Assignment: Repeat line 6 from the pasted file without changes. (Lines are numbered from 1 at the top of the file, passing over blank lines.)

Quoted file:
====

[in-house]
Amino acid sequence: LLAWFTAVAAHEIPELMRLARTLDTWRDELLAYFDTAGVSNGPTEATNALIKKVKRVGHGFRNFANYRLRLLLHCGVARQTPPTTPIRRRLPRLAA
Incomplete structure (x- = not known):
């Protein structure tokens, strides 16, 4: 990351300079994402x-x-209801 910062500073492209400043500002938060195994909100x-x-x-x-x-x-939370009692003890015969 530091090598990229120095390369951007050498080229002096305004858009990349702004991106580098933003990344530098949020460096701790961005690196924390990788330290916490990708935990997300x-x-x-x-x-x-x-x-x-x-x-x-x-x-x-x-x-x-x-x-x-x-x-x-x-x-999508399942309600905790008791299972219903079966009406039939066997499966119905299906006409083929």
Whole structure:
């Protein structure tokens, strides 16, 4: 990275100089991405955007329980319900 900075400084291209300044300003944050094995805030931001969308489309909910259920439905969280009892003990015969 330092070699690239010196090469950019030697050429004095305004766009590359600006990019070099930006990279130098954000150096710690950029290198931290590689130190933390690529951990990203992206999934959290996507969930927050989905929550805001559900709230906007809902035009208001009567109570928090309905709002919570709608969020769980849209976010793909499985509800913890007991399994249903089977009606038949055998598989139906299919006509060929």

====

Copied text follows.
């Protein structure tokens, strides 16, 4: 990275100089991405955007329980319900 900075400084291209300044300003944050094995805030931001969308489309909910259920439905969280009892003990015969 330092070699690239010196090469950019030697050429004095305004766009590359600006990019070099930006990279130098954000150096710690950029290198931290590689130190933390690529951990990203992206999934959290996507969930927050989905929550805001559900709230906007809902035009208001009567109570928090309905709002919570709608969020769980849209976010793909499985509800913890007991399994249903089977009606038949055998598989139906299919006509060929």